What is SALON?

SALON is an interactive magazine of books, arts and ideas. Inside SALON you'll find not only authors, artists and thinkers, but a kinetic community of readers and kindred spirits eager to thrash out cultural issues.

We are inspired by the creative potential of the Internet, but unlike many other Web sites, SALON is not a techno-cult. As refugees from the atrophying world of newspapers and magazines, our primary allegiance is to written communication, to the power of the word. We think of digital technology as an exciting means to an end, but not the end itself.

American journalism has become a pitiful giant, ensnarled by commercial formulas and political tribalisms.Where once its voice shook mountains, it now squeaks cautiously and banally. The Net allows publishers to burst these bonds, to howl again.

It's the duty of writers to speak with a "terrible honesty," in the words of Raymond Chandler. This is the term historian Ann Douglas used to define the ethos of New York in the 1920s, where the high and low, black and white, male and female all came together in jazzy union to create an original American culture. SALON is dedicated to this same fearless creativity.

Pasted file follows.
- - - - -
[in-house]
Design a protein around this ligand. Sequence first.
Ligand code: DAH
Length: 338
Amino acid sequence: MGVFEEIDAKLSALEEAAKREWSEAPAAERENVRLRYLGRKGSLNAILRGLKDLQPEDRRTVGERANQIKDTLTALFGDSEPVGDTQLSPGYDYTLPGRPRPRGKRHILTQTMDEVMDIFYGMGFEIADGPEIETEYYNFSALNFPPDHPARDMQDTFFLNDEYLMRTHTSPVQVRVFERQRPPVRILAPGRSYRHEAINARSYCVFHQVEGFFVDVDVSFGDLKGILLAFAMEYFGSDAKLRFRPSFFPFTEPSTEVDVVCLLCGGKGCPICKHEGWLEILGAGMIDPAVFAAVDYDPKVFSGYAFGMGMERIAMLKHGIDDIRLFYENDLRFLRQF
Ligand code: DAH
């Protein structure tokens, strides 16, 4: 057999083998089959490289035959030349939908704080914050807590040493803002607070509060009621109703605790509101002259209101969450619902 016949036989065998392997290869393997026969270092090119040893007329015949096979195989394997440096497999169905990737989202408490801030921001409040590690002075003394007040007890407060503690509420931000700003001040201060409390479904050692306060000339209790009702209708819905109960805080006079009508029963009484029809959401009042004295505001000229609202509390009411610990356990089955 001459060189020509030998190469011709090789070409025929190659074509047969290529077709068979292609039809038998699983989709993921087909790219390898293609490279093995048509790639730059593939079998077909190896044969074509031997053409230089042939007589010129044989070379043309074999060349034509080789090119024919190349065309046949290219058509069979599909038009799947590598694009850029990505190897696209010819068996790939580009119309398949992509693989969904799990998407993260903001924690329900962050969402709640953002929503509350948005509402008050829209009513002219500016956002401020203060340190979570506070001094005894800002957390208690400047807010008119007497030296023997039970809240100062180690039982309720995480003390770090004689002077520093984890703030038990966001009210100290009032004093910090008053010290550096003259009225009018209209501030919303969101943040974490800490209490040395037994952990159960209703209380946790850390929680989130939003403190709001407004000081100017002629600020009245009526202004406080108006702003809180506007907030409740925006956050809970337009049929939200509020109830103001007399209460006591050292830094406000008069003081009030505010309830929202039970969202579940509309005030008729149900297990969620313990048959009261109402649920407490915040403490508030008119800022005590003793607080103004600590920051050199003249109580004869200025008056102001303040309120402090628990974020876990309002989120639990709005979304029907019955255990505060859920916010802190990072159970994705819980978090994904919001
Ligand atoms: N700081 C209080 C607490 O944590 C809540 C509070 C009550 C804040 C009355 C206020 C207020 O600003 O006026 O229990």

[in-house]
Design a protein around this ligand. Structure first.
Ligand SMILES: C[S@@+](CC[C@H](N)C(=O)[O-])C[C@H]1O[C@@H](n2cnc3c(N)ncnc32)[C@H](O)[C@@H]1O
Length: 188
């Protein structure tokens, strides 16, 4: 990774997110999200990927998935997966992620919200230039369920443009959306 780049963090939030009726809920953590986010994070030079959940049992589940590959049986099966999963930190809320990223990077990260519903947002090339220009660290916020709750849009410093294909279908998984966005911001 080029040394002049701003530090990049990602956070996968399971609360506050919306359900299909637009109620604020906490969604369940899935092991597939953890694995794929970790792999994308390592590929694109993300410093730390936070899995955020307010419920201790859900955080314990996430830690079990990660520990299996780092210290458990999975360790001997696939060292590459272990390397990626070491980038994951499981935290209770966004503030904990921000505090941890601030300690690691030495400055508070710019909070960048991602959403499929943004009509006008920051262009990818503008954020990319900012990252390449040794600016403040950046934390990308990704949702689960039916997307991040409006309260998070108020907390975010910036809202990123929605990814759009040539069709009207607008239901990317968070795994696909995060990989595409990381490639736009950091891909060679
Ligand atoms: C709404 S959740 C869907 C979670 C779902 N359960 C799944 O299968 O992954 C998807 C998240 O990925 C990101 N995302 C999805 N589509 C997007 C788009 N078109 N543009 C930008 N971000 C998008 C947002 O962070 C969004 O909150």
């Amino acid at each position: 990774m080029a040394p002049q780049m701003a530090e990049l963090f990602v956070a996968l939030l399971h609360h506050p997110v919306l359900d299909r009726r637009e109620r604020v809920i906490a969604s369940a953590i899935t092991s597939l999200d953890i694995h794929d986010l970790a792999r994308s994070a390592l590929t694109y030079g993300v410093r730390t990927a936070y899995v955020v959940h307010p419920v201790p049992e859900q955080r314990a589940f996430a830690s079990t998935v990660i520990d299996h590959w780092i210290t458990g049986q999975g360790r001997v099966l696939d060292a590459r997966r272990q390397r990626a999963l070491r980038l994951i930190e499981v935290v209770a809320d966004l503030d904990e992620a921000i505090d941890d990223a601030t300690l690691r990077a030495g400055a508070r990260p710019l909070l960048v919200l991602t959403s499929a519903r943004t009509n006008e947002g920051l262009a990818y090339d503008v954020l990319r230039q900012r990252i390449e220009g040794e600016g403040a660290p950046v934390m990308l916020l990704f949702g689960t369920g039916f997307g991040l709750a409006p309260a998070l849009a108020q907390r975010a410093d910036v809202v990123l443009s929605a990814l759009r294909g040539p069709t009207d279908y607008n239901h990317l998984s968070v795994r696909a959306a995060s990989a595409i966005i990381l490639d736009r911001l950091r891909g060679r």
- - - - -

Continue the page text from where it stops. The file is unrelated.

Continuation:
Cultural ferment was once the province of Greenwich Village bars, Left Bank cafes and North Beach bookstores. But SALON will free these smoky discussions from time and space. Readers from all over the world can drop by at their convenience, and when they do they will always find well-known writers, artists, musicians, filmmakers and multimedia designers as well as other savvy, opinionated readers. We provide the room. The drinks are on you.

SALON stands for a "militant centrism," to use journalist Jim Sleeper's term. In this angry, entropic age, the very idea that Americans share a common ground has become a radical notion. The Internet, which breaks down the distinctions between readers and writers, is the most democratic medium in history. SALON hopes to employ this electronic forum to advance the cause of civic discourse. We believe that communication in the '90s can be more than the ugly cacophony of talk radio. By using technology to bring forth what Walt Whitman called the "varied carols" of our nation, we hope, like that great prophet of democracy, to hear all America singing.

A final note on SALON conversations. We request that you use your real name when participating in a discussion. This makes for a responsible exchange.

We also make a plea for common courtesy. Slander and boorishness don't encourage an enlightening meeting of the minds.

And now, meet your hosts, the staff of SALON [ http://www.salonmagazine.com/12nov1995/bookfront/who.html ].

--The Editors

Copyright 1995